In a world where the biggest companies, banks and credit unions are all struggling to cope with a massive and unsustainable global economic downturn, one of the biggest lenders has quietly stepped into the breach.

Borrowing giant Jumbo Loan, which provides loans in the UK, Ireland and Northern Ireland, announced that it will stop servicing its customers’ mortgages in April and will instead offer new customers a low interest rate option for up to 12 months.

The announcement comes amid concerns that Britain’s biggest lender is struggling to manage the fallout from a banking crisis that has left tens of thousands of people jobless, while its main rival, the UK’s biggest credit union, Lloyds, has seen its stock price plummet by more than 20%.

Banks are struggling to provide their customers with affordable mortgages.

Some have stopped offering mortgages in response to a rise in defaults and defaults rates. 

The crisis has led to a massive increase in the amount of household debt in Britain, with the average household borrowing amount now £1,250 a year, compared with just £200 a year a decade ago.

The Financial Times reported last week that the UK household debt figure is likely to increase to £3.5 trillion by 2020, rising to £7.5 billion by 2022.

Banks have been struggling to offer low-interest loans to its customers, but this is the first time they have stepped in to provide a lower interest rate, the Financial Times said. 

Banks including Barclays, Lloysbank and HSBC said they would stop servicing loans in April, and Lloyns, the biggest credit card provider, said it would also stop offering mortgages.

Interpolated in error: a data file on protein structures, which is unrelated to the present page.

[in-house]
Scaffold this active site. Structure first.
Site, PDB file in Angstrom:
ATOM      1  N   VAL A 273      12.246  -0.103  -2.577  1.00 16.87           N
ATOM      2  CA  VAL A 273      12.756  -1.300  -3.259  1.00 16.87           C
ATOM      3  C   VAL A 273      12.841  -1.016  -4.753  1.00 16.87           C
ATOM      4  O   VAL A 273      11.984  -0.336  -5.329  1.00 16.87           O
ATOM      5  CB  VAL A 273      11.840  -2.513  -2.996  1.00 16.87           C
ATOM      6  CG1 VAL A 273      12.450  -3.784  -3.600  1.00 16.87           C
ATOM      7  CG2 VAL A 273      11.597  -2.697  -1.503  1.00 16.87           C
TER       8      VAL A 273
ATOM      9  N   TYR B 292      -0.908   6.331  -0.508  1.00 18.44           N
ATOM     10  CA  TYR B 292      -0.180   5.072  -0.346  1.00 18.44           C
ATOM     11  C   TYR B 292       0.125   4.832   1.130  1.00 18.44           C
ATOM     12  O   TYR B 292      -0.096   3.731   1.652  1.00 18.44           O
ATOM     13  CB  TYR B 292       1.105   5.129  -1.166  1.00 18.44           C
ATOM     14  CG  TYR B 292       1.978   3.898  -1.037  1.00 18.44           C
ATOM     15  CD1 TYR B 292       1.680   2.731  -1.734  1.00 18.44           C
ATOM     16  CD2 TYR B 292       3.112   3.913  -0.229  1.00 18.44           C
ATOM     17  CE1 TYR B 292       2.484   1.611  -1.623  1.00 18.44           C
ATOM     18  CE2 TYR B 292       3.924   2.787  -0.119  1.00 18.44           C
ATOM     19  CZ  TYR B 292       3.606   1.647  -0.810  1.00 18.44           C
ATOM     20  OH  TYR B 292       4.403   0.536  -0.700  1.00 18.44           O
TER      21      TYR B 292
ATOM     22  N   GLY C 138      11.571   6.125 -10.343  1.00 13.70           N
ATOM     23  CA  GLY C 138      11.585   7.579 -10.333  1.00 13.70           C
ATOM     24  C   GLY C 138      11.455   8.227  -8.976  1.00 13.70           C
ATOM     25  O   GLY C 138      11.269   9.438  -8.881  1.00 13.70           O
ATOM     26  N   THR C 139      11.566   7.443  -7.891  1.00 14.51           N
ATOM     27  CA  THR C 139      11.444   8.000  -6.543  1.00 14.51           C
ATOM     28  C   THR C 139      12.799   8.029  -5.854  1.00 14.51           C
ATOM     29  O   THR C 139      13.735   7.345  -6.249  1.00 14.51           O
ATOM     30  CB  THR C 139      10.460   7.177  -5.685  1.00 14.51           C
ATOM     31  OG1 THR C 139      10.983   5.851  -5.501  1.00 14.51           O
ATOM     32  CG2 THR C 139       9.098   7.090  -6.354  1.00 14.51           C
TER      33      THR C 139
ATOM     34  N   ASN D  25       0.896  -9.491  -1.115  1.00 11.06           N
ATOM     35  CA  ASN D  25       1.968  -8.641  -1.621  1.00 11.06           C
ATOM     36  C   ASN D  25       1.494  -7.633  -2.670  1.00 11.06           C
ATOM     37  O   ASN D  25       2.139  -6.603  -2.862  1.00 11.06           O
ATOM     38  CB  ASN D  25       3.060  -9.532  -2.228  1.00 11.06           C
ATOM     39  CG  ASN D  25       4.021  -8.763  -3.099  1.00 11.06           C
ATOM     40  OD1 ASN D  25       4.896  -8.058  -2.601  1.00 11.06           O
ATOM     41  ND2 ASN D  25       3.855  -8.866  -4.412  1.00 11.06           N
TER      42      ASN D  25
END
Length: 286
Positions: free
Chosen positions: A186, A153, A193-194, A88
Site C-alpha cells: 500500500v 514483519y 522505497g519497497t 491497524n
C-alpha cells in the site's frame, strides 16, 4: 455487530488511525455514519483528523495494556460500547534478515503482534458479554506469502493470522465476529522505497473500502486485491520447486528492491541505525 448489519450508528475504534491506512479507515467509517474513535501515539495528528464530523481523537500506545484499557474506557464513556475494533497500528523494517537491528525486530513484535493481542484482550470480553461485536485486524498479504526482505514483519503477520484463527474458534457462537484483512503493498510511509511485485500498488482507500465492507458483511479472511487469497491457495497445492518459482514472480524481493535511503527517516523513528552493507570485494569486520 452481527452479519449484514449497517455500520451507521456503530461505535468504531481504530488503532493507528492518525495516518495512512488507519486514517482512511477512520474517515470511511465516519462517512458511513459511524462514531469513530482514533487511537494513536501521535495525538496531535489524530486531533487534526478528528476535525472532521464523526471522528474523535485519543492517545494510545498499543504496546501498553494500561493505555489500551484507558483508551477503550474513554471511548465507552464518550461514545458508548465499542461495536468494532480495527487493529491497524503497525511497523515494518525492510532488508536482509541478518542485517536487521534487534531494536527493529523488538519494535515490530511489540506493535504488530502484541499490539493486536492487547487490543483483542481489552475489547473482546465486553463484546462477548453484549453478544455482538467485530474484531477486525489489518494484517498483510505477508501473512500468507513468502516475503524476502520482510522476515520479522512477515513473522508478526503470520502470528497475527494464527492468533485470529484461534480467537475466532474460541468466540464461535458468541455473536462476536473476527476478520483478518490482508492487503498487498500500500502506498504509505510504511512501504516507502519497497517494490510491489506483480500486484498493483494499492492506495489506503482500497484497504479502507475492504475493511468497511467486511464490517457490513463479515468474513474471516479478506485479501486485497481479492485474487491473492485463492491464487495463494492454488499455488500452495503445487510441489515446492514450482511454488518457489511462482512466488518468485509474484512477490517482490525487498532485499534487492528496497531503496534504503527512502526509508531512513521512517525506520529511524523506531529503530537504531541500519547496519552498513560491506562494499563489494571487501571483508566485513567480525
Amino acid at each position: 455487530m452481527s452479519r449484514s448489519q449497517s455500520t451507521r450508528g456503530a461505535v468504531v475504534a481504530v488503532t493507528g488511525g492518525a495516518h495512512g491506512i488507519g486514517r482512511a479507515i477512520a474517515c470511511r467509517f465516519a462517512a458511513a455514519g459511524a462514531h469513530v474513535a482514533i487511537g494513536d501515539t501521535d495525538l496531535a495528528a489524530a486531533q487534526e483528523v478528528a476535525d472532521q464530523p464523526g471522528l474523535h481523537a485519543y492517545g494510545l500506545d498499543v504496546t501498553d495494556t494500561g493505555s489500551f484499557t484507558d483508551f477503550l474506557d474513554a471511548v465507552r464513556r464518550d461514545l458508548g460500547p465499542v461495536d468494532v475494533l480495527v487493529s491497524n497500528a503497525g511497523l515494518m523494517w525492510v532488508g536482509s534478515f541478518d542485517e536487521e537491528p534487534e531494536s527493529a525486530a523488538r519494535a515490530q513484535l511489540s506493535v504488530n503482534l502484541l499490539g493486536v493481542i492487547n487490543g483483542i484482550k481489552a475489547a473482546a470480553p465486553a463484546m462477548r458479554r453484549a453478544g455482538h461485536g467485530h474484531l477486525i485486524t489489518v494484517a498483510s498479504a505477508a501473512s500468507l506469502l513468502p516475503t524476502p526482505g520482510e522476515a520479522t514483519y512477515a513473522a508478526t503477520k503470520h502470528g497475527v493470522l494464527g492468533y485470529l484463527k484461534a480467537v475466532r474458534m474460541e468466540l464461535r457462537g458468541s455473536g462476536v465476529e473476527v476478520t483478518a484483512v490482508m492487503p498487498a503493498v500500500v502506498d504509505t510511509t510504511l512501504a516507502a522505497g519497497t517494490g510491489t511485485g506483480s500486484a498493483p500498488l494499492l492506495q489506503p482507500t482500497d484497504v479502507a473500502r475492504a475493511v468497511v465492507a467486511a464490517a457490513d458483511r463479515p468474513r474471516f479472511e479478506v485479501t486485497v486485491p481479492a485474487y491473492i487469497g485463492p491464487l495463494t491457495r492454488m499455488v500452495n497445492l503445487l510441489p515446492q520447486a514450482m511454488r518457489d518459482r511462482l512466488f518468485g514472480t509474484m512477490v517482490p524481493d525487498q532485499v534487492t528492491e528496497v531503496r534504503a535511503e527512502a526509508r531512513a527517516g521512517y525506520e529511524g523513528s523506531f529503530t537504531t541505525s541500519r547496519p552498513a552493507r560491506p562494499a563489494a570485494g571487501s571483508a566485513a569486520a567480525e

The announcement from Jumbo loan follows similar moves by Lloyd, Lloydars and Credit Suisse.

Bubbles in the economy are also being caused by the rise in the cost of borrowing, which has led banks to ramp up their lending.

Jumbo said it is working with its clients to understand their needs and how they might be affected. 

“Jumbo has always believed that it is important that all our customers receive a great deal of value from their loans,” a spokesman said.

“This means that we have taken the extraordinary step of not only reducing the interest rates but also reducing the servicing fee to 1.9 per cent of the amount outstanding.” 

Jumbo loans can be made with an interest rate of 1.25 per cent and are subject to a 1 per cent down payment.

However, customers must agree to pay all of the outstanding balance in advance, which can take months.

“Jumbolos loans are very similar to other consumer loans, meaning they are subject for the same terms as other consumer credit,” the spokesman said, adding that Jumbo would offer a new offer of an interest-only loan at an interest of 1 per percent.